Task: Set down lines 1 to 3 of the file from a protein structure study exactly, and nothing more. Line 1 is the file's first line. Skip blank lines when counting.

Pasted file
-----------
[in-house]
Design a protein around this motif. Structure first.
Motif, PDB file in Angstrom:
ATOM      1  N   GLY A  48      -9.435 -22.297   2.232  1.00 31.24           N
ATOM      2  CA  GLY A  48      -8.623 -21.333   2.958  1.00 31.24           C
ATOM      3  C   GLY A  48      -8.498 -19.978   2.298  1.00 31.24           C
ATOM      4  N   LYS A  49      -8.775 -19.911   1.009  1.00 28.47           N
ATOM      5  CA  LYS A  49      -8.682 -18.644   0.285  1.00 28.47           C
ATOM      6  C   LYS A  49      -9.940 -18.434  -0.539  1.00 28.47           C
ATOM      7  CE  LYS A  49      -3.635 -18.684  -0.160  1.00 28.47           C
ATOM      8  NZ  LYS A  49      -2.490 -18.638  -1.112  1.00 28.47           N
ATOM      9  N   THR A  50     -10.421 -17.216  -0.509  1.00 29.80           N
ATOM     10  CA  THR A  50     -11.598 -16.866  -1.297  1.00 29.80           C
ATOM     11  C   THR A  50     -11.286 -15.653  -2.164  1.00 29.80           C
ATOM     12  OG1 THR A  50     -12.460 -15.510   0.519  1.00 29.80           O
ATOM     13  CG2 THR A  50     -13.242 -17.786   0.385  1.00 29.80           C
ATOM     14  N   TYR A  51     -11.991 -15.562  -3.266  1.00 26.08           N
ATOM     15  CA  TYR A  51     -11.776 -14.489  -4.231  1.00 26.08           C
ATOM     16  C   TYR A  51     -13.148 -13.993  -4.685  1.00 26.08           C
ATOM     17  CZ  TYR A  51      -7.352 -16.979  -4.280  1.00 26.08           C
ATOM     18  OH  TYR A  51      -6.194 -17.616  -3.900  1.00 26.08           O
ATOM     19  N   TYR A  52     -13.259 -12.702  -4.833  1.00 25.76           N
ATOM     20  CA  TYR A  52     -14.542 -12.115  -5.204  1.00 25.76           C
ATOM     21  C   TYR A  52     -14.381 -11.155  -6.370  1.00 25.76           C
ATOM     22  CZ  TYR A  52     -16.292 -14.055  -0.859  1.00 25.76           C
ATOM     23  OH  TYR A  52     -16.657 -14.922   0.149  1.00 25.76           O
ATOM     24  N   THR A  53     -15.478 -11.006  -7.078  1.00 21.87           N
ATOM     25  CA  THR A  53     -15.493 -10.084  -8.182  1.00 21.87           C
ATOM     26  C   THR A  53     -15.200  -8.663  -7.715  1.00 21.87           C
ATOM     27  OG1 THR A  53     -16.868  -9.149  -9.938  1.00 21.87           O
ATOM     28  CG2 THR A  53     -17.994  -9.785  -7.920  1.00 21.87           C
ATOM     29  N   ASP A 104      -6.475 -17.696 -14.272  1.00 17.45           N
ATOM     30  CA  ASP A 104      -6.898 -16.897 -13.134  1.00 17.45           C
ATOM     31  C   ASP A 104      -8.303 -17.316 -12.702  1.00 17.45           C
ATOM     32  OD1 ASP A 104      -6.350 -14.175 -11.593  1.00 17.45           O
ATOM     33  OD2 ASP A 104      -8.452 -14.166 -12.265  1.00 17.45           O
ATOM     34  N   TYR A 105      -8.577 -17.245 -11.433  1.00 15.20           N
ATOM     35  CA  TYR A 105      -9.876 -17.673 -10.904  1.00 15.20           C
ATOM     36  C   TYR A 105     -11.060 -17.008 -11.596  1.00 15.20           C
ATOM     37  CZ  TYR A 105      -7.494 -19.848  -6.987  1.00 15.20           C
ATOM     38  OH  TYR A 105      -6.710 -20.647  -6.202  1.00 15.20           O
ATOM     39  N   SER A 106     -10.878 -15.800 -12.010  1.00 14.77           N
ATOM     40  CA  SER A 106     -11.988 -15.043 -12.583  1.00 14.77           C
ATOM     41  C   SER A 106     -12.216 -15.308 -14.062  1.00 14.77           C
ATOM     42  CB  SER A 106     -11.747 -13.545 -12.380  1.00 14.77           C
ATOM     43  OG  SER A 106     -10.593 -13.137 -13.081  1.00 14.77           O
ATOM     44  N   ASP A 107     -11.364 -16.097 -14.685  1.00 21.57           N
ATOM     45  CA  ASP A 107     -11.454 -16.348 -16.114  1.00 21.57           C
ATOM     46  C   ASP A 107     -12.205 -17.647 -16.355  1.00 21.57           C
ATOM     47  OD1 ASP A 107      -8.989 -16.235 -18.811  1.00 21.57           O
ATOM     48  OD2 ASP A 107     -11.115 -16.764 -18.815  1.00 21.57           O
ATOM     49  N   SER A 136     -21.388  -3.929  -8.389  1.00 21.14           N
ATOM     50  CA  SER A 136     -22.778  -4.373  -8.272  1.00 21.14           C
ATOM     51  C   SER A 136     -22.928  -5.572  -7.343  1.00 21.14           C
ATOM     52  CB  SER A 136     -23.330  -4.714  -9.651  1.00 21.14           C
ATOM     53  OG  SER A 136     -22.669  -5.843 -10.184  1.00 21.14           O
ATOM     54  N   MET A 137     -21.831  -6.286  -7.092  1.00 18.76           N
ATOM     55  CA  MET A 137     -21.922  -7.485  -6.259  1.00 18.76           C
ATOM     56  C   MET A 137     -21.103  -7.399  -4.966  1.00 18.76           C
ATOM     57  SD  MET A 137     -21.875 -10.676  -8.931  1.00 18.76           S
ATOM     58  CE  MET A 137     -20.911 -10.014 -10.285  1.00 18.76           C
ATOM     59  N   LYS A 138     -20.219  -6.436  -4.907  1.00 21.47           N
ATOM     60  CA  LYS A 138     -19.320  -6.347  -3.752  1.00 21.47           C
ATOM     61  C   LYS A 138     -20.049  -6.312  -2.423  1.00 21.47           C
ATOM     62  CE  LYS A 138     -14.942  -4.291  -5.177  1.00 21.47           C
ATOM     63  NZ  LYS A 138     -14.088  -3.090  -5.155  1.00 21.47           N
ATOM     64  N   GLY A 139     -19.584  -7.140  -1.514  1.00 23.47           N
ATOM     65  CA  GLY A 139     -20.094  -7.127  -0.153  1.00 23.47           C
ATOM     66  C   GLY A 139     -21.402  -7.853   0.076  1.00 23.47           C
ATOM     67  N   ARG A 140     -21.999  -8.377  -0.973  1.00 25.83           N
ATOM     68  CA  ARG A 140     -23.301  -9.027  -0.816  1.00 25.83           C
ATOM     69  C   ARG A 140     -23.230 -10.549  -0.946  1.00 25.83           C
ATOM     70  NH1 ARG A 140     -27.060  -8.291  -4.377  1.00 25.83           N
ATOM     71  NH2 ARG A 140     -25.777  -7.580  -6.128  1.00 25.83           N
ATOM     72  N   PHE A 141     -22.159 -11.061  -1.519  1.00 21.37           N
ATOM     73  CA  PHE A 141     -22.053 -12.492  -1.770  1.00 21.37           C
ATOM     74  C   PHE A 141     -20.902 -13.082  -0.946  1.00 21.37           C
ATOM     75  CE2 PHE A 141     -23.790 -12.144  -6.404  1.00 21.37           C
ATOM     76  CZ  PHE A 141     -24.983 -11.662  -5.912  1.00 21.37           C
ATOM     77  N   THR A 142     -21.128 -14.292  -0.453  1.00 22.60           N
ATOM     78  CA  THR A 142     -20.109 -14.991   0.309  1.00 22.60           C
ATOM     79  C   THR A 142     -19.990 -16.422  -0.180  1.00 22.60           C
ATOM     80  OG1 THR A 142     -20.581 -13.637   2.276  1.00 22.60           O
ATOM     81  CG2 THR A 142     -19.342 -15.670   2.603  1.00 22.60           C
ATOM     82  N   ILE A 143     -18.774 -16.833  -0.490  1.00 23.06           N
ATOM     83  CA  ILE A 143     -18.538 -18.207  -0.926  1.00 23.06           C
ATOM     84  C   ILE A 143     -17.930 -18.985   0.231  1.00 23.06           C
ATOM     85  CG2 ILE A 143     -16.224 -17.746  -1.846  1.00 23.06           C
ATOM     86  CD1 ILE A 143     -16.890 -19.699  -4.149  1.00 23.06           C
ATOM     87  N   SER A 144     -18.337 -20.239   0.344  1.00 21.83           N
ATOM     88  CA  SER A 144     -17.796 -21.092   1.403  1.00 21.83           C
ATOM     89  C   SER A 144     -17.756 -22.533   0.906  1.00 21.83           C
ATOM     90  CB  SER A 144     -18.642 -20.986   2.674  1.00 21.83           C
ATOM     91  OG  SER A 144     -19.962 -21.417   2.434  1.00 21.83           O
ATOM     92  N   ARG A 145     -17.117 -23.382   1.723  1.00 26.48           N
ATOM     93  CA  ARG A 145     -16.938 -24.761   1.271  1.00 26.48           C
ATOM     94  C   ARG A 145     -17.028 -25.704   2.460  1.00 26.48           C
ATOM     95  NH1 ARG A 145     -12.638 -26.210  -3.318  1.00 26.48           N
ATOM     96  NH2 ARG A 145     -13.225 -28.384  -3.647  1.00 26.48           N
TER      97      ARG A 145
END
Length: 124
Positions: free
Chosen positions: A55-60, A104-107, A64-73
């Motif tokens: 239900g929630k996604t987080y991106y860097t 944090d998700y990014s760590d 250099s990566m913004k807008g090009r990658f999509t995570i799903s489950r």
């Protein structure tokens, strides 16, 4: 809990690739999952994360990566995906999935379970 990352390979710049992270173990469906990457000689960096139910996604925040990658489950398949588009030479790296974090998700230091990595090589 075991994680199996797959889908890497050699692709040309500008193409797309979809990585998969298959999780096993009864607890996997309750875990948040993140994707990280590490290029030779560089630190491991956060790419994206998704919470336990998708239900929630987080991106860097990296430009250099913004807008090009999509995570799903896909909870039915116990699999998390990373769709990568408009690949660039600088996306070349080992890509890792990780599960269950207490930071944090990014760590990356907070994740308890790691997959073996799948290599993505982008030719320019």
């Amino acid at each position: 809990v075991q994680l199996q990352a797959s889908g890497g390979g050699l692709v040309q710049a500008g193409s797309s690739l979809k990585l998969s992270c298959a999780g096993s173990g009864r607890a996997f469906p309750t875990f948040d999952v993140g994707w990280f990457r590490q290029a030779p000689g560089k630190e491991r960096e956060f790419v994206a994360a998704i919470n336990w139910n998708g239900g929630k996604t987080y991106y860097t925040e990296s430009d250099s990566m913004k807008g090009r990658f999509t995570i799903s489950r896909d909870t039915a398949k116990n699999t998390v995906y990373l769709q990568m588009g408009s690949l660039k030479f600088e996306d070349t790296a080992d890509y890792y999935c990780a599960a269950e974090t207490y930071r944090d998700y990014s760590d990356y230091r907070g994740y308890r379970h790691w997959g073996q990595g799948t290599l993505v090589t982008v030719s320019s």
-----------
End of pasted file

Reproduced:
[in-house]
Design a protein around this motif. Structure first.
Motif, PDB file in Angstrom: